21 December 2012

It's not nice to fool an old man

A month ago I picked up Christopher Fowler's Ten Second Staricase at the Northfield Library. It's subtitled "A Bryant & May Mystery." Reading it was a confusing and slow project.

I suppose I shouldn't have begun with the fourth "Bryant & May Mystery." There were lots of ways that I was adrift from the first page. I should have guessed since the two characters of the subtitle were the heads of London's Peculiar Crimes Unit.

My other problem was that I kept trying to read it in the late afternoons and evenings. The times of day, the confusion, and the writing kept abetting my fatigue. I seemed unable to read for more than a quarter hour without falling asleep. No wonder it took me a month to finish the book.

Throw in a lot of London mythology, a bit of vampire lore, and some cultural history about the "Highwayman," and I was getting less entertained. And that, after all, is a main reason for reading a book like this.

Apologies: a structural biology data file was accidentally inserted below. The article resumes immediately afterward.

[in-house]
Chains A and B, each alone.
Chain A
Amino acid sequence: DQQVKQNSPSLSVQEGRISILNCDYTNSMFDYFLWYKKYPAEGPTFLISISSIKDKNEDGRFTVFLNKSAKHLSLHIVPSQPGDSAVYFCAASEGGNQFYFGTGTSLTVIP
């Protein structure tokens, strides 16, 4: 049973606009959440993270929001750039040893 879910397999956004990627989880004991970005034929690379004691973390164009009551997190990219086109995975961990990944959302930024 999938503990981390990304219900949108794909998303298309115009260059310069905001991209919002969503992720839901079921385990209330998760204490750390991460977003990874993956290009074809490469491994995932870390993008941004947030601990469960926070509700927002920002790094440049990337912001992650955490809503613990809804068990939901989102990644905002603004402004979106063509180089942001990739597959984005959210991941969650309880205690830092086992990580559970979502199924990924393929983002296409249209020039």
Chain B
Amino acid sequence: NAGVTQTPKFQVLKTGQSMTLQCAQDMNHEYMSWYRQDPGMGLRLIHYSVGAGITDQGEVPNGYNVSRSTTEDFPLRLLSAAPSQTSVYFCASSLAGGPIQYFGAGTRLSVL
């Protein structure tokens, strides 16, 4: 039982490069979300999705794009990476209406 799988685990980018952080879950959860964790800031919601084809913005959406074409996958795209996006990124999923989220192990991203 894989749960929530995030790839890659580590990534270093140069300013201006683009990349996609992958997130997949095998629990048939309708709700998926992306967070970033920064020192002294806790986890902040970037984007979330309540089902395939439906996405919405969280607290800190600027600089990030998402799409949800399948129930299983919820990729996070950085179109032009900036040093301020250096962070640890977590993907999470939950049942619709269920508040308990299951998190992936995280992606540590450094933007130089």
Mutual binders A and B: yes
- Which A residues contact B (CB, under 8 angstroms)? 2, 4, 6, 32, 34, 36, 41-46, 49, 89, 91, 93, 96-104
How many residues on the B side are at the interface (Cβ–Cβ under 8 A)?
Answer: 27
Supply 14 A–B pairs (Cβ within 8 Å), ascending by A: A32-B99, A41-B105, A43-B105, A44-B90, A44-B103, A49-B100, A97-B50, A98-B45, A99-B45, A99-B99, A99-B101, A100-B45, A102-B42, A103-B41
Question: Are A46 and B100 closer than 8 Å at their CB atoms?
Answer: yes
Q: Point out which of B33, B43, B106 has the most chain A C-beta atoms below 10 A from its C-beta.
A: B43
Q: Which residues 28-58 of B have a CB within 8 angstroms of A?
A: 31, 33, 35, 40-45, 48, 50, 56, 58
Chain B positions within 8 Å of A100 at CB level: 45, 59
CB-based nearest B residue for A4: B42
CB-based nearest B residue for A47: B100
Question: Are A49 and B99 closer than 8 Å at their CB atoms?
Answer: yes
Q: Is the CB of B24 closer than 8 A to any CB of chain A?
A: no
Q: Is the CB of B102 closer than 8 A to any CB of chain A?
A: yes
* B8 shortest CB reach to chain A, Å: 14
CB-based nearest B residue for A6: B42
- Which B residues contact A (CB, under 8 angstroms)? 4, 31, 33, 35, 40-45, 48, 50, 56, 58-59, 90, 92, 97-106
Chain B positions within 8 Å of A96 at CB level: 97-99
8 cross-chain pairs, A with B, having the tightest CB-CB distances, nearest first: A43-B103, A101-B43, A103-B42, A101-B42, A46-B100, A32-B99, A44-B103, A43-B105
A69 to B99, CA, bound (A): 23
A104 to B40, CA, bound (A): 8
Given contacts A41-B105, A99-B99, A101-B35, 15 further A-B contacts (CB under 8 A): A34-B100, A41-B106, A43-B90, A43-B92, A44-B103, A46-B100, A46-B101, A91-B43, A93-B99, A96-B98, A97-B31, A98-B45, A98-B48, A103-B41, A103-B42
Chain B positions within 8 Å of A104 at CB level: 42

The investigative process used by these agents of the Peculiar Crimes Unit are anything but normal. But that didn't help me since much of it was based on following clues based on arcane London history. The plot is ridiculous. The cops are too weird to admire. The other characters are enigmas and even less interesting than the detectives.

Merry Christmas from Bryant & May
I finished because I hoped the ending would make sense out of some of the rest. It didn't really help.

Have you read any Christopher Fowler or Ten Second Staircase? What did you think?  

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Dan Conrad wrote: "I don't know if it was Ten Second Staircase, but I once began a Fowler book thinking stories related to something called "The Peculiar Crimes Unit" -- and in London -- would just have be interesting.

"Wrong. I think I got about a quarter of the way through and gave it up."

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